Bad policy decisions could push the US into a 'lost decade' and put the eurozone into recession, warns IMF
Philip Aldrick, Economics Editor
20 Sep 2011
Cutting its global forecasts sharply, the world's economic watchdog said the global economy had entered a "dangerous new phase" and urged policymakers to tread a careful line between aggressive deficit reduction and growth. Central banks should stand ready to restart the printing presses to aid the recovery, it added in its twice-yearly World Economic Outlook.
"The recovery has weakened considerably. Strong policies are needed to improve the outlook and reduce the risks," Olivier Blanchard, the IMF's chief economist, said. "Markets have clearly become more sceptical about the ability of many countries to stabilise their public debt. Fear of the unknown is high."
Europe's leaders came under scathing criticism over the escalating debt crisis. "Europe must get its act together," Mr Blanchard said, adding that there was "widespread perception policymakers are one step behind the action". Urging a speedy implementation of the July 21 agreement to bolster the single currency area's €440bn bail-out fund, he said: "The eurozone is a major source of worry. This is a call to arms."
The warning came as Portugal's prime minister Pedro Passos Coelho said his country may need fresh aid if Greek defaults.
"In the case of a default of Greece, this aid could be necessary and it is important that our partners are convinced that it is worth helping Portugal, and in this case, Ireland, too," he said.
Weaker than expected growth in the US, the persistence of Europe's "sovereign debt and banking sector problems", high oil prices and the Japanese tsunami conspired to dramatically worsen the outlook since June. Global growth for this year has been revised down from 4.5pc to 4pc in the past three months – led by a one percentage point downward revision in US growth for this year to 1.5pc.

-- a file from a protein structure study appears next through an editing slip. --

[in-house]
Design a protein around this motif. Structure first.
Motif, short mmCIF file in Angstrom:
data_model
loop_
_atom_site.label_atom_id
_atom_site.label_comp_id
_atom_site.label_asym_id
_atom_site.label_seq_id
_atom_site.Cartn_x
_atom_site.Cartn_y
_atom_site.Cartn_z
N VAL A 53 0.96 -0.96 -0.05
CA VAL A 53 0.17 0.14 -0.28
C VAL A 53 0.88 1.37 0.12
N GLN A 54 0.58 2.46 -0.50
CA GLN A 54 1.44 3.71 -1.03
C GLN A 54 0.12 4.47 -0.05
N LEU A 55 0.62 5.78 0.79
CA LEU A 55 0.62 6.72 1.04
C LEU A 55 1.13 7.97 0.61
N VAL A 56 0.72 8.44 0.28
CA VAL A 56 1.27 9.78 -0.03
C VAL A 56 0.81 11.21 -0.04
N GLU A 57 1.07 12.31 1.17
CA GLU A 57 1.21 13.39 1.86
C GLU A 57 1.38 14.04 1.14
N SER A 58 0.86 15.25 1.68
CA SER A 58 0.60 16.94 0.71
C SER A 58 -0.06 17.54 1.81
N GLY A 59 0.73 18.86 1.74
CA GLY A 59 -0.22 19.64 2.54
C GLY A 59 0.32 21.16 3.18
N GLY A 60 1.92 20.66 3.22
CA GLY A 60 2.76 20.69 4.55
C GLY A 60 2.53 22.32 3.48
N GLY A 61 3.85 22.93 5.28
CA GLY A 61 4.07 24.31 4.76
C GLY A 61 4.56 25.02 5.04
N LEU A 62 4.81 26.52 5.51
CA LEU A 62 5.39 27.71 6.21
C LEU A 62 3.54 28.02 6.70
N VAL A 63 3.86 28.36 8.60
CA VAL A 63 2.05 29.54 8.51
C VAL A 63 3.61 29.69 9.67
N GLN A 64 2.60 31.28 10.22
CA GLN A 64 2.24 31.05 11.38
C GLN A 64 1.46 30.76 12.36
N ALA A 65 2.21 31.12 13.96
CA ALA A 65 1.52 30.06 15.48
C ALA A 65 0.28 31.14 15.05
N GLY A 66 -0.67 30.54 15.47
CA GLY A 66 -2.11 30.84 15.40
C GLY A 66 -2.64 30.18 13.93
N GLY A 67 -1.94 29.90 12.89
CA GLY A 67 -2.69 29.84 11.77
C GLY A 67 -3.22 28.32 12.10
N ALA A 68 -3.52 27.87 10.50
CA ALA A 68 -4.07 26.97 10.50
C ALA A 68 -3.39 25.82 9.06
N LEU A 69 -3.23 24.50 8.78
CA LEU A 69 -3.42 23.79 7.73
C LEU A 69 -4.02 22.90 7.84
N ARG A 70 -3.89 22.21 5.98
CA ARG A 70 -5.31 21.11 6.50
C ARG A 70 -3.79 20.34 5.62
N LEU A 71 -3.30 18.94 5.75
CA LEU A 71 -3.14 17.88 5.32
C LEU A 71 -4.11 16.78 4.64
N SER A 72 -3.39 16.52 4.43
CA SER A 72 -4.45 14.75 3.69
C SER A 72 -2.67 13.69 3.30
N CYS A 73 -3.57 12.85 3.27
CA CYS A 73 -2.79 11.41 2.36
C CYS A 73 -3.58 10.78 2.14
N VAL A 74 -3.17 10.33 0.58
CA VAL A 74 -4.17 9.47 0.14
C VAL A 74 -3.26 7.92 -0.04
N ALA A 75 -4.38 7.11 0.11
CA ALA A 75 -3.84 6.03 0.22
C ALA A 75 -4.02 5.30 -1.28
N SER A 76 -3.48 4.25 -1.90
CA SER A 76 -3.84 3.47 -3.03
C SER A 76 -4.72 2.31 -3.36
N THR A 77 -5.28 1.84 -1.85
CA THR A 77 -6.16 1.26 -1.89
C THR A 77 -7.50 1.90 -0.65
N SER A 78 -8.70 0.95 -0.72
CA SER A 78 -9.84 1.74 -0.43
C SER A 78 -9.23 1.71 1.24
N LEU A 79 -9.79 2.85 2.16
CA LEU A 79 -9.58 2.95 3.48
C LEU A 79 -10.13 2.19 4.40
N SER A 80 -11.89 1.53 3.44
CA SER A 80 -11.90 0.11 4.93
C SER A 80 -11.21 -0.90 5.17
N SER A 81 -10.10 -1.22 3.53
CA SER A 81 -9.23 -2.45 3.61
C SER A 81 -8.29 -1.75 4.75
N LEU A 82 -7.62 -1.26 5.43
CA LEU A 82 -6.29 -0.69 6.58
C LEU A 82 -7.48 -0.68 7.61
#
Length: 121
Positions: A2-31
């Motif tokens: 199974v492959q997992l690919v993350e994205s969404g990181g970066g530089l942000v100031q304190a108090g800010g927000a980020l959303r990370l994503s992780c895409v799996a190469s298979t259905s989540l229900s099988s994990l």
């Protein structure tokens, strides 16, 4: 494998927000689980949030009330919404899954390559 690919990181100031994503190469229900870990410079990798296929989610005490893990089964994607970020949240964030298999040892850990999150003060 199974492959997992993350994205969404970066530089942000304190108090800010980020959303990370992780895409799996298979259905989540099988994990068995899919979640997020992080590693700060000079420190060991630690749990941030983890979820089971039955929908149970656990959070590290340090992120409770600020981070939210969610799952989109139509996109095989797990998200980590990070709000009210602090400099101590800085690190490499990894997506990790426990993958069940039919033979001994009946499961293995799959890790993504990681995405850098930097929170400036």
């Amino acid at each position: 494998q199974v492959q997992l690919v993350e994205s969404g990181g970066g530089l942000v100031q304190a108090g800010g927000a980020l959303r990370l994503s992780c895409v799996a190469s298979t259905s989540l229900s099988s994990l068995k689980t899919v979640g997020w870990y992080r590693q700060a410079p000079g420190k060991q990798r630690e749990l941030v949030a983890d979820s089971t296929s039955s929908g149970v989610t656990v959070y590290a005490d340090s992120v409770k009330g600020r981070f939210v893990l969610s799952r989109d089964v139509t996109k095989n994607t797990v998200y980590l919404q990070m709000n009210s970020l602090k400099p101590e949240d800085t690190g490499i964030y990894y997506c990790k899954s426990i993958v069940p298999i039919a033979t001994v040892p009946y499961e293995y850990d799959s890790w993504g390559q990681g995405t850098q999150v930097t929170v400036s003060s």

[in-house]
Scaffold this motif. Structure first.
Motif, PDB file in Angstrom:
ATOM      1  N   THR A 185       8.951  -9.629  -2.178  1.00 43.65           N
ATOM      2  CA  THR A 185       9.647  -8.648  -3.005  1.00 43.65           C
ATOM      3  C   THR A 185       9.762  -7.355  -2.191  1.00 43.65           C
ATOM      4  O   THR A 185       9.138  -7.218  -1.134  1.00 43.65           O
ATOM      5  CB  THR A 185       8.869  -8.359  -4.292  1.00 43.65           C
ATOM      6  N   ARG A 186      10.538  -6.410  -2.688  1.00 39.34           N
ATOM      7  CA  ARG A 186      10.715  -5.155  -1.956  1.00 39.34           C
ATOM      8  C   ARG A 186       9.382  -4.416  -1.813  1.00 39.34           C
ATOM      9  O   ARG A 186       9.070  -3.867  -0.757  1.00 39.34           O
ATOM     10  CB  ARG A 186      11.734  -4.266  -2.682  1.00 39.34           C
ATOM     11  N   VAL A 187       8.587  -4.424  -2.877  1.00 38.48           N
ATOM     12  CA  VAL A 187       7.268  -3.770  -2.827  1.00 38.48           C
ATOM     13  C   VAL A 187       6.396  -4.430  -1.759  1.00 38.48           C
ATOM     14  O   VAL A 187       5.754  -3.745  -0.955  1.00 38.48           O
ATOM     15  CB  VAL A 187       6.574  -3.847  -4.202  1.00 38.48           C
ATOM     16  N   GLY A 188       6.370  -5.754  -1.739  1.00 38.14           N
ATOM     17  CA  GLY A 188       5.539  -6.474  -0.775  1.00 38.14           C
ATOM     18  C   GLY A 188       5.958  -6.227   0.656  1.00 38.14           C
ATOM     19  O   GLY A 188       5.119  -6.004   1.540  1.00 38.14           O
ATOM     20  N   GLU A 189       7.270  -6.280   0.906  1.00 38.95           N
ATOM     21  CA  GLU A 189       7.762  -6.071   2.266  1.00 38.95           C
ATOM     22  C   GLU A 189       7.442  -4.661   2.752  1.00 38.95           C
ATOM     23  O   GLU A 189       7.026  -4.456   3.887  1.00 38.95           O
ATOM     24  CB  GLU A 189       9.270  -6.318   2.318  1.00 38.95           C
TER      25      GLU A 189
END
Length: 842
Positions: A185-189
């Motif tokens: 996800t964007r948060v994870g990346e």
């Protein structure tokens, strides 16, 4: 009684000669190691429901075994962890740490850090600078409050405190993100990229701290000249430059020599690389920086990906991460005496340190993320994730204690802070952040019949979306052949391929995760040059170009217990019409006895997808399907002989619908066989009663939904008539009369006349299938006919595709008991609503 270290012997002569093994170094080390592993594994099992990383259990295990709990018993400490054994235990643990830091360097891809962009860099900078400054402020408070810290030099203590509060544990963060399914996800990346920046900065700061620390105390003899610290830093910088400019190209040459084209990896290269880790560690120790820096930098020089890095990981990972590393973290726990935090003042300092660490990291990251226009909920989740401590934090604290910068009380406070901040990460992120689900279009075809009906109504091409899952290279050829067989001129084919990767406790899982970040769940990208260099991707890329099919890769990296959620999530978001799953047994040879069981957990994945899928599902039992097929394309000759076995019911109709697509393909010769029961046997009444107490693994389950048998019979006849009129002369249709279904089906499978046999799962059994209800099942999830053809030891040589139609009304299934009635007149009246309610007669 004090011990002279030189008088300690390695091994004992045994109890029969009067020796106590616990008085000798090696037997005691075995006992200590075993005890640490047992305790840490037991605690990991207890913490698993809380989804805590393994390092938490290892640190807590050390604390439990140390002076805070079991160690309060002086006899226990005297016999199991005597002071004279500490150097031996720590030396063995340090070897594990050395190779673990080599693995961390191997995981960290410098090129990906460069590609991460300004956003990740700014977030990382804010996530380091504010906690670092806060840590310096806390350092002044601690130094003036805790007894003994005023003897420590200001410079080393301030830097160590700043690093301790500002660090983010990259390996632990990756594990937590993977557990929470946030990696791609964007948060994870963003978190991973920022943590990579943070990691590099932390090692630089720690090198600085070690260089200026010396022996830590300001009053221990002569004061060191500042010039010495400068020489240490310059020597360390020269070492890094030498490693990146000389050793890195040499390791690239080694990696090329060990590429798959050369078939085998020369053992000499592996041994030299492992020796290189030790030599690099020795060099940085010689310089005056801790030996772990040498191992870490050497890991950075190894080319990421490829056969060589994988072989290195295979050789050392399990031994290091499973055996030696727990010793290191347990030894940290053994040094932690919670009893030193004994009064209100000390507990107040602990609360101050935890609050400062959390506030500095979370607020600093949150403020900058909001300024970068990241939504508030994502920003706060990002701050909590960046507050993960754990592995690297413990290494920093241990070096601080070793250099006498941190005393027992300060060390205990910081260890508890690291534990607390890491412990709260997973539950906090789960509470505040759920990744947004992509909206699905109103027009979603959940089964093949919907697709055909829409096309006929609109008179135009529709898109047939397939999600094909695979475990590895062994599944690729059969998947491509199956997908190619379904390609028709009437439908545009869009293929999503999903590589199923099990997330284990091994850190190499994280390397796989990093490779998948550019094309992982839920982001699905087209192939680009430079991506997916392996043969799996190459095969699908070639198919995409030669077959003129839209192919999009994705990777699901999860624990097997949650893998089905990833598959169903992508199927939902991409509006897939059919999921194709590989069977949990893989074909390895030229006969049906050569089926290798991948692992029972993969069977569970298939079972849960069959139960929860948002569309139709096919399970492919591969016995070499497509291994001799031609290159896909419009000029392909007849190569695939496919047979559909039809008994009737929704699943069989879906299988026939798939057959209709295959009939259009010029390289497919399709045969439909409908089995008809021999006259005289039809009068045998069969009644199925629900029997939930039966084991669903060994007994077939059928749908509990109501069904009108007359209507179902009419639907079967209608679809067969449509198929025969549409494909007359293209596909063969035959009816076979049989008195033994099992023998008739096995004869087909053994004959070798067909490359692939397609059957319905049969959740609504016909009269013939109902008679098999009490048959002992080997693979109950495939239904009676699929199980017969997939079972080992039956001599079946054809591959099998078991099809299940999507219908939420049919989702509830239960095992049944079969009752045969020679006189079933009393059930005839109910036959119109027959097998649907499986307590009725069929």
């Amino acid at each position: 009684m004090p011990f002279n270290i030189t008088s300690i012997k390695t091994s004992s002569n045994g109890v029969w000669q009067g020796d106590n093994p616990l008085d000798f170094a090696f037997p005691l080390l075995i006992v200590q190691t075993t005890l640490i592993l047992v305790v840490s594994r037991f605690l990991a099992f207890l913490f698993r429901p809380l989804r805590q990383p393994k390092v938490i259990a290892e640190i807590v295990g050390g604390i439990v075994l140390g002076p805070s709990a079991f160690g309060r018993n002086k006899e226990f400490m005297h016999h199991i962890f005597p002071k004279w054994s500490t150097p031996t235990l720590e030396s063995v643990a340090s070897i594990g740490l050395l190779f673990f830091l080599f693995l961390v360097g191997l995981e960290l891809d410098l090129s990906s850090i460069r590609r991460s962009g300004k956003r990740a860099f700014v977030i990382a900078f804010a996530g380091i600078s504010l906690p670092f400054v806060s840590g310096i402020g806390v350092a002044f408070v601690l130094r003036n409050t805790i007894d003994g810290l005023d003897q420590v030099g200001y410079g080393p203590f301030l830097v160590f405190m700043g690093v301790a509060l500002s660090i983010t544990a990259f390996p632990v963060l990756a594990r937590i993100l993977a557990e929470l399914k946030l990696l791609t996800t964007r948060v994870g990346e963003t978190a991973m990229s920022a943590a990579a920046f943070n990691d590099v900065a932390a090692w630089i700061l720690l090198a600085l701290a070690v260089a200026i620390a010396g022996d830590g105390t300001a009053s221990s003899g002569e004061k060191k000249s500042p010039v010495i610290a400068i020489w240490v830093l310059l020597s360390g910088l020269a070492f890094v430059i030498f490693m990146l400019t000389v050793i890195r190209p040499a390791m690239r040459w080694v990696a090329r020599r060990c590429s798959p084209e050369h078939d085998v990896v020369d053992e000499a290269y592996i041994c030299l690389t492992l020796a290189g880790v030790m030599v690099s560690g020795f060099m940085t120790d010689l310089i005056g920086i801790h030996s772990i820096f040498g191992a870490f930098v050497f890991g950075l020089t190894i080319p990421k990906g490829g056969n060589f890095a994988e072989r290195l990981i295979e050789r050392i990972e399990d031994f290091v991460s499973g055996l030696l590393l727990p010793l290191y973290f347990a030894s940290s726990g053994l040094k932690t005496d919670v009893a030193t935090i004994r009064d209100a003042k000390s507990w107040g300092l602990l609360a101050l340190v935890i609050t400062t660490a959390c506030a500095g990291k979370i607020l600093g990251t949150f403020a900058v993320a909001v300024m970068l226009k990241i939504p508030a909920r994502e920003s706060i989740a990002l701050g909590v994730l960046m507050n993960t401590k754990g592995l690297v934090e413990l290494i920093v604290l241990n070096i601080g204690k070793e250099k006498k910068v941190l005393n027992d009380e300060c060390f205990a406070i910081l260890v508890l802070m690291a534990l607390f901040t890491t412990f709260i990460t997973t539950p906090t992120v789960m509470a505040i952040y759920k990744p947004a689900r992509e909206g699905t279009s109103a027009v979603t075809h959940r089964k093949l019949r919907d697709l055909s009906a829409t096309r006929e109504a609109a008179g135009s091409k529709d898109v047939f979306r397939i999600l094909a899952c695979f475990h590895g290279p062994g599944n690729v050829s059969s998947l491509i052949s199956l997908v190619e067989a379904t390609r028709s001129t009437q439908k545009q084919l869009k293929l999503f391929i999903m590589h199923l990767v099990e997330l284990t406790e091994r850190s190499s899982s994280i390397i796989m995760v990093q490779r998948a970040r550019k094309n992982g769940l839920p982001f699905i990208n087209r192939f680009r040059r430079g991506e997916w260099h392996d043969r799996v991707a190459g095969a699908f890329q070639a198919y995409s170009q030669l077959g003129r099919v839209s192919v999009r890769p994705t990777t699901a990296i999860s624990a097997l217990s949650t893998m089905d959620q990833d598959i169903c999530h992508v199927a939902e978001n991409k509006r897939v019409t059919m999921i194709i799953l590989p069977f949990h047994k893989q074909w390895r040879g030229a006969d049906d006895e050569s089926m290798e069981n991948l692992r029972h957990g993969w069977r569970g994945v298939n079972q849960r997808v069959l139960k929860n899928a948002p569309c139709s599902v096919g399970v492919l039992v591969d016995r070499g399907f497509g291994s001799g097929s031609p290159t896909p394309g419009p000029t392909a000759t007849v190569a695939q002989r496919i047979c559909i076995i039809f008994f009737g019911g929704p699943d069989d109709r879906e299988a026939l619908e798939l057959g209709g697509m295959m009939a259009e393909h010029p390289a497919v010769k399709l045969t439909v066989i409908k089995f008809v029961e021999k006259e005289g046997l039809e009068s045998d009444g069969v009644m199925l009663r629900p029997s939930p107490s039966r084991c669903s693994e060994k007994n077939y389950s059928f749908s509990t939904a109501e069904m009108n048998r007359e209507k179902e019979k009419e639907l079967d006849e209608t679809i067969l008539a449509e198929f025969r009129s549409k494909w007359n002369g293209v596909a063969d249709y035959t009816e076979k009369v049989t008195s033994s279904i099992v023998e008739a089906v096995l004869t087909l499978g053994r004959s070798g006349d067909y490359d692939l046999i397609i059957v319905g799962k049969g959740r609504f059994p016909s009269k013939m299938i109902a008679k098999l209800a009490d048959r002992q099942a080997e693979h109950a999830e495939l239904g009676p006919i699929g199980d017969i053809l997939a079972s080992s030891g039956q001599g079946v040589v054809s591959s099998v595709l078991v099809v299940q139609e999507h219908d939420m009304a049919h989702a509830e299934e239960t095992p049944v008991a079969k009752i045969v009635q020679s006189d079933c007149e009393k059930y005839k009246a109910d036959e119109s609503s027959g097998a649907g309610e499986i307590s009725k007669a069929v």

The UK was downgraded sharply, from June's 1.5pc prediction to just 1.1pc for this year and from 2.3pc to 1.6pc for 2012. Canada and much of Europe saw even bigger downgrades.
However, the forecasts were based on the assumption that President Barack Obama's $447bn jobs plan is approved and the eurozone crisis is resolved with no more than the small voluntary default on Greek debt already agreed. A worse outcome is a "distinct possibility", the IMF warned.
Under the IMF's "downside scenario" – a "shock" to European banks' capital, higher bad debts in the US and Asia, and slower US growth – "the US and the euro area would fall back into recession, with output in 2012 more than 3pc below projections".
Such a devastating hit would drag the UK back into recession, as the US and the Euro area are Britain's major trading partners. "It would be very difficult to see why the UK should be exempt from that as we don't have any ammunition to withstand it," Jürgen Michels, European economist at Citi, said.
Departing from its previous deficit-cutting mantra, the IMF stressed that countries must be careful not to choke off the recovery by cutting too hard too fast. Even the UK should consider back-ending George Osborne's £110bn austerity plan, by delaying spending cuts, if growth turns out to be "substantially" less than the 1.1pc expected this year, the IMF said.
"Countries with more fiscal space could choose a more back-loaded profile should the macroeconomic environment deteriorate substantially," it said. "In the systemically-important advanced economies, activity and confidence are still fragile. If fiscal consolidation were suddenly stepped up further at the expense of the disposable income of people with a high marginal propensity to consume, these economies could be thrown back into stagnation."
In the US, the IMF warned, if income tax relief and unemployment benefit are not extended and if Capitol Hill cannot agree a longer-term strategy for dealing with the $14.3 trillion public debt, "the result could be a lost decade for growth".
In Europe, policymakers must deal with the mushrooming banking crisis by "injecting new capital and restructuring weak but viable banks while closing others". If banks cannot raise funds privately, politicians "must make the case for injecting public funds". Allowing banks time to shrink their loan books would only further damage the recovery by prolonging the credit crunch, Mr Blanchard warned.
To keep the global ship afloat, the IMF called on central banks – particularly the Federal Reserve in the US – to restart money printing and keep interest rates low for longer. "Unconventional policies should continue until there is a durable reduction in financial stress," it said.